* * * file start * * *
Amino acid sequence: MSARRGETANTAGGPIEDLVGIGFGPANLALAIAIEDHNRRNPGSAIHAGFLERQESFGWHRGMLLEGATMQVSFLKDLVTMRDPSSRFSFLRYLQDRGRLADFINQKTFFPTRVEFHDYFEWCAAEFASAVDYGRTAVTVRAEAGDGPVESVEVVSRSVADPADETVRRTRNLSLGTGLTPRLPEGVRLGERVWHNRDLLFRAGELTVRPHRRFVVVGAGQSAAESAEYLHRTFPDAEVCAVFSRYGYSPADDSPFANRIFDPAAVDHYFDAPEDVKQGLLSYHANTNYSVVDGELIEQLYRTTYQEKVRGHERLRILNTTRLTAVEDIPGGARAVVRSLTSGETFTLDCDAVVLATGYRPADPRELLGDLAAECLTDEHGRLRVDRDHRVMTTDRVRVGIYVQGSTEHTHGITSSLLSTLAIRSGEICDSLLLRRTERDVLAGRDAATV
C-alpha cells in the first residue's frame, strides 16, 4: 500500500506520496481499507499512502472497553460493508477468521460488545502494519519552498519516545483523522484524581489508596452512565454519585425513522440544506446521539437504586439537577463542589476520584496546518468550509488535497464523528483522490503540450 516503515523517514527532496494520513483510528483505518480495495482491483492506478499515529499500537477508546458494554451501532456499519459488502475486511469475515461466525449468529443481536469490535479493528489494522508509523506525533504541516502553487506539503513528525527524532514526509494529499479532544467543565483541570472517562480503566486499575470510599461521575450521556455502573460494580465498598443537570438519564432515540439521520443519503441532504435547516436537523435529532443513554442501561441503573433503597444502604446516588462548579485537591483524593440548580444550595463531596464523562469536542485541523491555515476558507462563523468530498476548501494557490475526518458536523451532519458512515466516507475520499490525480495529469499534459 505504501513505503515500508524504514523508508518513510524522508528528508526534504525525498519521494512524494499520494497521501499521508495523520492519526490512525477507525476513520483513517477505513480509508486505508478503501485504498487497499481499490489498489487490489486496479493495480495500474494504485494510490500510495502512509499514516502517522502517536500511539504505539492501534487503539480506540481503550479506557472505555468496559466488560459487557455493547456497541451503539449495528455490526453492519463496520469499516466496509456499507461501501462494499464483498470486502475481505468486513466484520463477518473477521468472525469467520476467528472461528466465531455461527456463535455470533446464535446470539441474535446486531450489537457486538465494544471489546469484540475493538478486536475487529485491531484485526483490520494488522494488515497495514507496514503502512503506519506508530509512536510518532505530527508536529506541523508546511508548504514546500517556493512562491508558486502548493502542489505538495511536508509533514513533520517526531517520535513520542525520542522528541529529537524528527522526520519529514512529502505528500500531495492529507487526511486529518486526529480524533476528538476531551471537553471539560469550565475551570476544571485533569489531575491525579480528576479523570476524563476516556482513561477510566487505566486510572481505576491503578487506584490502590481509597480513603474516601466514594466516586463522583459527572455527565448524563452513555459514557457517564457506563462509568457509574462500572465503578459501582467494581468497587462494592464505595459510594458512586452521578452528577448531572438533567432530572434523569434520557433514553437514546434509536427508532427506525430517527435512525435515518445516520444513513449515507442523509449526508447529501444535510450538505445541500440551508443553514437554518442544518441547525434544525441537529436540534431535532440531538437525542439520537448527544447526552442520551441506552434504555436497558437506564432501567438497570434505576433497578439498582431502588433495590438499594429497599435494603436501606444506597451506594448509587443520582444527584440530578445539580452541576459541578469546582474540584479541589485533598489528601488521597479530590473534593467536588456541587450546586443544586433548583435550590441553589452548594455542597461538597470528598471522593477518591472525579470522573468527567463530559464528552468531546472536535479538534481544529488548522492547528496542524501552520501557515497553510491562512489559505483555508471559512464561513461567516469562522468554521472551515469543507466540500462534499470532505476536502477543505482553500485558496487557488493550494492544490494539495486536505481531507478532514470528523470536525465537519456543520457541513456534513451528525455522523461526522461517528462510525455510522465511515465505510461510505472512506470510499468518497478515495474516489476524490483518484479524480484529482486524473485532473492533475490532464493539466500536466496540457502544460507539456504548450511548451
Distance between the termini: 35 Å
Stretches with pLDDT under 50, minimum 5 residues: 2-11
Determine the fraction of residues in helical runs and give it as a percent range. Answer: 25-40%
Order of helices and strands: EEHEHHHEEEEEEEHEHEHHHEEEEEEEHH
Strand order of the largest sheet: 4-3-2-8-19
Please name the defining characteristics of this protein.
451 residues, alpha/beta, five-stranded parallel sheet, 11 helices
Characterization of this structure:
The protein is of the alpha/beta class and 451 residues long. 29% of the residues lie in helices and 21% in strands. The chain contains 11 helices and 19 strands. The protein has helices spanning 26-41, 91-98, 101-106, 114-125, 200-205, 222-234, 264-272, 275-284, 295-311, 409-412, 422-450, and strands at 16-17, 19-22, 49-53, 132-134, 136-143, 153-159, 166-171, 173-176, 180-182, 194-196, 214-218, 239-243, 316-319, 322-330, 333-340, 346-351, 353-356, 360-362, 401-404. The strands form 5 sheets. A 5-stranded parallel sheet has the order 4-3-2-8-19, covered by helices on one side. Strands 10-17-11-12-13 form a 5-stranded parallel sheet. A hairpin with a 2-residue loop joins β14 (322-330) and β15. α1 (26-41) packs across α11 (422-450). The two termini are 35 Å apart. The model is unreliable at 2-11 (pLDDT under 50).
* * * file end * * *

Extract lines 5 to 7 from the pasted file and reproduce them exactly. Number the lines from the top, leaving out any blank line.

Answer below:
Determine the fraction of residues in helical runs and give it as a percent range. Answer: 25-40%
Order of helices and strands: EEHEHHHEEEEEEEHEHEHHHEEEEEEEHH
Strand order of the largest sheet: 4-3-2-8-19